If the person they are today is not a healthy partner for you, not ready or available for you, and not possessing the qualities you deem important then it is the wisest choice to move on and keep looking.
It isn’t something you’ll find written in most recovery literature, however, it is important to your health, your well being and your sobriety.
Many first dates are set up over drinks or meeting in a bar, which we don’t recommend for people in recovery.
Disclosing recovery status will help prevent uncomfortable and triggering situations. It’s natural to develop a sense of closeness and trust with others in the same 12-step group or treatment center, which is why I understand how many might be tempted to couple up with others in the same support group.
It’s important to get into a relationship with someone for who they are today, not who you think they can be down the road.
Following this advice isn’t on the agenda of most newly sober individuals though.
Common arguments can sound like: The number one reason you shouldn’t date during your critical first year of sobriety was explained pretty plainly by our own Dr. He was directing these words to clients still in a drug rehab environment, but this advice crosses over to anyone in early sobriety: Think about this for a moment.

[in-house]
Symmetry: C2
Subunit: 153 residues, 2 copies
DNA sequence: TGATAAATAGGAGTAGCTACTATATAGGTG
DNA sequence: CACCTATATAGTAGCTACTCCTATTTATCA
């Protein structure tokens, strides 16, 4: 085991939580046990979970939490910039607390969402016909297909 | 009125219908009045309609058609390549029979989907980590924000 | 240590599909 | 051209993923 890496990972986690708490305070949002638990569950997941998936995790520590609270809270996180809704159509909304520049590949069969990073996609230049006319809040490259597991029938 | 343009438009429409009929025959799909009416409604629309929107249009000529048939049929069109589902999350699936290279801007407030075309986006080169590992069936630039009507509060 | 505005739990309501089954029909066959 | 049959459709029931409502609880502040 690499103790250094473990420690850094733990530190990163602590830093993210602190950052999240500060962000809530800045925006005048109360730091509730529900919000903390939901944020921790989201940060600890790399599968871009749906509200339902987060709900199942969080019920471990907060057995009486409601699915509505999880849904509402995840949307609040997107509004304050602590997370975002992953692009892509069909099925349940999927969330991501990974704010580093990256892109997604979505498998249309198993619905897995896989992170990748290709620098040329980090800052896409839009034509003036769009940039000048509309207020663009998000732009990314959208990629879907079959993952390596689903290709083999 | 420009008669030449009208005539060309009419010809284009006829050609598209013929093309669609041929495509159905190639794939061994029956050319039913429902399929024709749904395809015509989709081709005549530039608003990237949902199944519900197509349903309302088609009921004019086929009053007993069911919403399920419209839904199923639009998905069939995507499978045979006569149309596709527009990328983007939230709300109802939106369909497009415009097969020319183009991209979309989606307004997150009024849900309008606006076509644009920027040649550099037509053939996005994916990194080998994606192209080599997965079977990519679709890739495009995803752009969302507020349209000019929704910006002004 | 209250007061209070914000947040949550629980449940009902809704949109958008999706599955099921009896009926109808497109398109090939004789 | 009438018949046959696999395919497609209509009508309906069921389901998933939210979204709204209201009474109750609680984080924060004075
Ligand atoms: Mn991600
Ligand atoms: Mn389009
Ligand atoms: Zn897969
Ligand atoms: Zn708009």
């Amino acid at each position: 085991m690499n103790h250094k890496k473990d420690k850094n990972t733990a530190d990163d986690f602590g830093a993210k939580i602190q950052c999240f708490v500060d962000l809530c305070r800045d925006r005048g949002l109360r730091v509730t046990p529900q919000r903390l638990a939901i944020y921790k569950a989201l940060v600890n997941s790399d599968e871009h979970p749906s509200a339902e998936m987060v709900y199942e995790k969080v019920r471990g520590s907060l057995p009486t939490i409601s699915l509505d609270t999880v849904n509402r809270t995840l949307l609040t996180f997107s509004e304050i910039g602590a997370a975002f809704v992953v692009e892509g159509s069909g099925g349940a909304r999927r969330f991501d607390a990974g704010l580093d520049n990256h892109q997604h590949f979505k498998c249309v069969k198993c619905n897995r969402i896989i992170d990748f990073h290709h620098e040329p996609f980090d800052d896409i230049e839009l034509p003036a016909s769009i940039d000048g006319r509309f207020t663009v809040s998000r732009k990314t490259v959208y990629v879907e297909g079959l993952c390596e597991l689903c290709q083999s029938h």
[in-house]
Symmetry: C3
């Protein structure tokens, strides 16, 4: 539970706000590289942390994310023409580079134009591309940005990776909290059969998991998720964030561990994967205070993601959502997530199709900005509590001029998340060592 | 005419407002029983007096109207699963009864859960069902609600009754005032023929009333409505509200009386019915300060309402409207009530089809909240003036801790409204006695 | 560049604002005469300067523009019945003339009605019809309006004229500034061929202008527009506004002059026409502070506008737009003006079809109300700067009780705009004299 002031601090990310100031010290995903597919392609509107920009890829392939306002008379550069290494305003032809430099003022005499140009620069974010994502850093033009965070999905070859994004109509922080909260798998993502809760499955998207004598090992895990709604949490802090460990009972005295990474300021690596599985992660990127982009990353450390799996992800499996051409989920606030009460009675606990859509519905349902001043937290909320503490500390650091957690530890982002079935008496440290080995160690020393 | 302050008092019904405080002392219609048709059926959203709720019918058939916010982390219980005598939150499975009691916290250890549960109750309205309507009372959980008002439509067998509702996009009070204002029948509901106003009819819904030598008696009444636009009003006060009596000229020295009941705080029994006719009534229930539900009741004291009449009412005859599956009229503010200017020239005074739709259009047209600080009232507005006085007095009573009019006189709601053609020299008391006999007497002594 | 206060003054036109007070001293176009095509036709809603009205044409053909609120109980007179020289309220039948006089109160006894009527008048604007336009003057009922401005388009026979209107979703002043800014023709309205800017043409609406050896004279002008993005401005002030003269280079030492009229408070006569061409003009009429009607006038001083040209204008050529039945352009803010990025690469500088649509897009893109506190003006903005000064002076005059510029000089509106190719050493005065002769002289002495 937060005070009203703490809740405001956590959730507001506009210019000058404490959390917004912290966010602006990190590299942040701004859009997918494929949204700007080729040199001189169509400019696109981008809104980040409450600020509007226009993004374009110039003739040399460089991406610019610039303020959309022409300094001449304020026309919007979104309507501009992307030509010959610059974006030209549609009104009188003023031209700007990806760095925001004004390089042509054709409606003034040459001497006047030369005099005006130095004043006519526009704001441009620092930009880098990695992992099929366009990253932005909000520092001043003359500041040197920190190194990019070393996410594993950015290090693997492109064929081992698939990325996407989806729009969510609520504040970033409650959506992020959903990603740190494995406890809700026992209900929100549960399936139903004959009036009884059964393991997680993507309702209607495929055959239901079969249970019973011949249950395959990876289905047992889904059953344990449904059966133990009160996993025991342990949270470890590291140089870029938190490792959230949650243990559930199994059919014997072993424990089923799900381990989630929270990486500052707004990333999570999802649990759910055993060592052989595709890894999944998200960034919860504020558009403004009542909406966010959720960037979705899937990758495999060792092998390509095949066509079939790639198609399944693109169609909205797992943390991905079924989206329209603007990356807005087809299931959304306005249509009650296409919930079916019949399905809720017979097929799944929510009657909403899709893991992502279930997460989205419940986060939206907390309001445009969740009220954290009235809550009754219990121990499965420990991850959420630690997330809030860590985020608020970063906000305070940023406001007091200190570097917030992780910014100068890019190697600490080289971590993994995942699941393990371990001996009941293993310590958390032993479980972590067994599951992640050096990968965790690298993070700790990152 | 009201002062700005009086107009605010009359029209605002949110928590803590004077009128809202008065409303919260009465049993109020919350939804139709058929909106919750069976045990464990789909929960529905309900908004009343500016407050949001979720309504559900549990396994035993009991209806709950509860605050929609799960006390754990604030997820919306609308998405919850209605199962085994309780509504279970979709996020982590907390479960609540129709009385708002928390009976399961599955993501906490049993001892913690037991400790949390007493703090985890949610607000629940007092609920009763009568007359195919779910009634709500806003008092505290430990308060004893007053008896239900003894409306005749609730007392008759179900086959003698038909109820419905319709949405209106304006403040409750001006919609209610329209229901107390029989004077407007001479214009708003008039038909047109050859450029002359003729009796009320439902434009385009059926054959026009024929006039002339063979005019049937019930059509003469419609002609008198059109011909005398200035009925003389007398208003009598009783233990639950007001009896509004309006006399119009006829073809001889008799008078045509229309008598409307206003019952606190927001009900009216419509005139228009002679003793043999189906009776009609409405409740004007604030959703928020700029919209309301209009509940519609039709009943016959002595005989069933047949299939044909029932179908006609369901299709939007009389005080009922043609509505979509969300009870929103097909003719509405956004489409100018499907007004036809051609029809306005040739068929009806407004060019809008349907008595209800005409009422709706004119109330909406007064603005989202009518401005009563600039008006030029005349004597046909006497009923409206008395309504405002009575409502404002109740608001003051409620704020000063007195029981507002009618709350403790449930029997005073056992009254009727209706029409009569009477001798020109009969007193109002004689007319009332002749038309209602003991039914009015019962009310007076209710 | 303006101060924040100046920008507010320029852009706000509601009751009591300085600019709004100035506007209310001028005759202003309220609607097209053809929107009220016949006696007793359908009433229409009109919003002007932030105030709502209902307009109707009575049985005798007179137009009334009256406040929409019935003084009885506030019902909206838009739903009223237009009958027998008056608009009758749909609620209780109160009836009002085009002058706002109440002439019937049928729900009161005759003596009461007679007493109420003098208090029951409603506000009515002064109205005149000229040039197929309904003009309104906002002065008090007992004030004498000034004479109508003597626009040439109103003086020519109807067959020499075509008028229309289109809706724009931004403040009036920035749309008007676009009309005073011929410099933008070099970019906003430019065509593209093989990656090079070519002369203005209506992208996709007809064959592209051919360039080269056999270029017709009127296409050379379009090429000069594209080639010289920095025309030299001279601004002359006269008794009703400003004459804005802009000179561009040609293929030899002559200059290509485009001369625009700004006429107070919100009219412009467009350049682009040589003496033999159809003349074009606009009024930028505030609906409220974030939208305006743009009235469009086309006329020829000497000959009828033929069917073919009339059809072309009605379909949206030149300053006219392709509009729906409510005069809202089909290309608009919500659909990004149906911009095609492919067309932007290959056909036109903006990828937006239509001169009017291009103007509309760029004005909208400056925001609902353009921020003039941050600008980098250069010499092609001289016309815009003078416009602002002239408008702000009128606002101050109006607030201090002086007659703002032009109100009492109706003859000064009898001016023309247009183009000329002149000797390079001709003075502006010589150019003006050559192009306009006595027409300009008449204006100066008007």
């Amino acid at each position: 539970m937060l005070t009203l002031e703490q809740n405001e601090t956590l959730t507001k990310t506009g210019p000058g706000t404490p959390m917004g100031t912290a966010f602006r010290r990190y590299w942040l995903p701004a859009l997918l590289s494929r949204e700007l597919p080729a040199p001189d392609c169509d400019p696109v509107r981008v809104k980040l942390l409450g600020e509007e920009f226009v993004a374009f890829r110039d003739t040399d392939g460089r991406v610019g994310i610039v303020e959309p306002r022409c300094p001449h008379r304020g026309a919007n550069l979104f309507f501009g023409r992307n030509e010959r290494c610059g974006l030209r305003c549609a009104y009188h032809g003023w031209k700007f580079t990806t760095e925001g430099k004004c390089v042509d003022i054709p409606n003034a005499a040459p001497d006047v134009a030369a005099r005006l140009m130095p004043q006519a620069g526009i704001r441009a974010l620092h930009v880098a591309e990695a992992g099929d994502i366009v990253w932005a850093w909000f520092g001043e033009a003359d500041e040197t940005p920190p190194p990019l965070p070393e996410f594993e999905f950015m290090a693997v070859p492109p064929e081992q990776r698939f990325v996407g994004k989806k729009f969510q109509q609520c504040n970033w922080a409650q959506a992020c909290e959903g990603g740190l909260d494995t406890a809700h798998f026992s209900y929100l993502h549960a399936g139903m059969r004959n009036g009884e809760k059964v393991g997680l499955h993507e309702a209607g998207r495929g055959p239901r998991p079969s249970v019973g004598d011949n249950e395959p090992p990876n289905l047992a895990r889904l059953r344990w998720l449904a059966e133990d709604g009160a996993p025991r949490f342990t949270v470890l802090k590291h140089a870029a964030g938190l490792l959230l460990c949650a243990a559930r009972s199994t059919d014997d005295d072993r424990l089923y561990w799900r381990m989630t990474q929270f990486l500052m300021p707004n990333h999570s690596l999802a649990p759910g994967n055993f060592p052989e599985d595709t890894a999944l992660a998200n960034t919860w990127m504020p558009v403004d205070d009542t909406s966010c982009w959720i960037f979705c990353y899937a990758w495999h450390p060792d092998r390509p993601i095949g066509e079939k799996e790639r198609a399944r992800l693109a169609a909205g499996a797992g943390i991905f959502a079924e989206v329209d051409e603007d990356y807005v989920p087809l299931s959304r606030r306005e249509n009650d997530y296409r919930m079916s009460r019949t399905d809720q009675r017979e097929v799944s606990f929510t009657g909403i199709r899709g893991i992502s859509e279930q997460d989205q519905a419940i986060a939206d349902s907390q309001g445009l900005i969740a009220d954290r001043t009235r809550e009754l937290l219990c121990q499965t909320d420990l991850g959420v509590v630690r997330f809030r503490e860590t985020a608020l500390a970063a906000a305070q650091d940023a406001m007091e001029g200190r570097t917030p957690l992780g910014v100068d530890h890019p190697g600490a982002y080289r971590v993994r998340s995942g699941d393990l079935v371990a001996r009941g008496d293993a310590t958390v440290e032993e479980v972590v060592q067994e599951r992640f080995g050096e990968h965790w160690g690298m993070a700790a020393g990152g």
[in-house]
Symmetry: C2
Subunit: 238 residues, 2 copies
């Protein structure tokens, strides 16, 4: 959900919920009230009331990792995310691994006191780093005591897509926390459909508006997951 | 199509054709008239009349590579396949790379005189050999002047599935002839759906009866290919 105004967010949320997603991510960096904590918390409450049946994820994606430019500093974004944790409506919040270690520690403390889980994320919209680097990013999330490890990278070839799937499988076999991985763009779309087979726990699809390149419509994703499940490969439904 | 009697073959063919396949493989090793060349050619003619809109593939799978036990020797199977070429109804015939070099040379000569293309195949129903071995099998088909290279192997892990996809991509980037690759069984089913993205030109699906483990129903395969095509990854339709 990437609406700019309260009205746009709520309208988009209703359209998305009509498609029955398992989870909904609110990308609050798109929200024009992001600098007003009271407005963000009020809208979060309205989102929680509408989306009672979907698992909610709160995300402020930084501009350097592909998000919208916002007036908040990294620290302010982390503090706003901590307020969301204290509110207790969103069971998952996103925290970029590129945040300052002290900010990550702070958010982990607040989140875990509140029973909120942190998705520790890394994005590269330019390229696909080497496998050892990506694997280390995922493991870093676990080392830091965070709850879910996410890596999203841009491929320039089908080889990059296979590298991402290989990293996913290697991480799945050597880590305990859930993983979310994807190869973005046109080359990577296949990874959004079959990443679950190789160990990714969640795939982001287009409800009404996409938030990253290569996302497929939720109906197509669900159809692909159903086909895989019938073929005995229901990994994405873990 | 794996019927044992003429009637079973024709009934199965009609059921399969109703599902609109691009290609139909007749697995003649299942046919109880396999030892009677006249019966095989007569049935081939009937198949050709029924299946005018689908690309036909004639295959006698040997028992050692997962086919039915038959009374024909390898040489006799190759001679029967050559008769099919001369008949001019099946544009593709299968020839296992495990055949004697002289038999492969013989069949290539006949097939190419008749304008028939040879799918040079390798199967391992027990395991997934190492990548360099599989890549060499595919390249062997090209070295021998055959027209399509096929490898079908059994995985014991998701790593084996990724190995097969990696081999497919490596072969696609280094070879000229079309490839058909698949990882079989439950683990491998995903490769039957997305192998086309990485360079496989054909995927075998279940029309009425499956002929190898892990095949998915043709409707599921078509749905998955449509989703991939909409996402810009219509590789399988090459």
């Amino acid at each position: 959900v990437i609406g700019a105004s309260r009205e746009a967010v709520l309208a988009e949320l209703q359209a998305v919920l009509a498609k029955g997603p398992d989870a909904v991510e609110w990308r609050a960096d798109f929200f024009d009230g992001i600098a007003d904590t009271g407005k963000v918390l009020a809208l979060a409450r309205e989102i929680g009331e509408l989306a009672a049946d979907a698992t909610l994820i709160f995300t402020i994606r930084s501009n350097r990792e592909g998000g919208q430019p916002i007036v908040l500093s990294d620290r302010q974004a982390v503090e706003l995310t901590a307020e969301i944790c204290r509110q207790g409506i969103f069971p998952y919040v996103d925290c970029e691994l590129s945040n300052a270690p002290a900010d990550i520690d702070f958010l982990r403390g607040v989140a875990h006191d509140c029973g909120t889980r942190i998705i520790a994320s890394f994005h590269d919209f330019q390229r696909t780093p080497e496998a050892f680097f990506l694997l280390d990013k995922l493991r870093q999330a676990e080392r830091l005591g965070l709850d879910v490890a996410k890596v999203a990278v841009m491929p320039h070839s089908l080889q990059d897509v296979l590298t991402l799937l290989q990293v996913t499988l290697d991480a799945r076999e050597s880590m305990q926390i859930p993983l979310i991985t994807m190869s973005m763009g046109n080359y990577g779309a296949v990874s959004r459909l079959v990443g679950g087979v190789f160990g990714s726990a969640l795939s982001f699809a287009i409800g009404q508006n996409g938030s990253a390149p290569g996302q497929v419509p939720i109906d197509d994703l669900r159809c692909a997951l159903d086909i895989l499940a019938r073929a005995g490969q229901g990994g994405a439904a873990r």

The most important factor if dating a social drinker is how supportive and respectful the partner is of the individual’s recovery. What is the biggest piece of advice you would have for someone in early recovery who is thinking about dating or entering into a new relationship?
Don’t get into a relationship with someone with the intention of changing them.
Individuals in early recovery are still working through those feelings.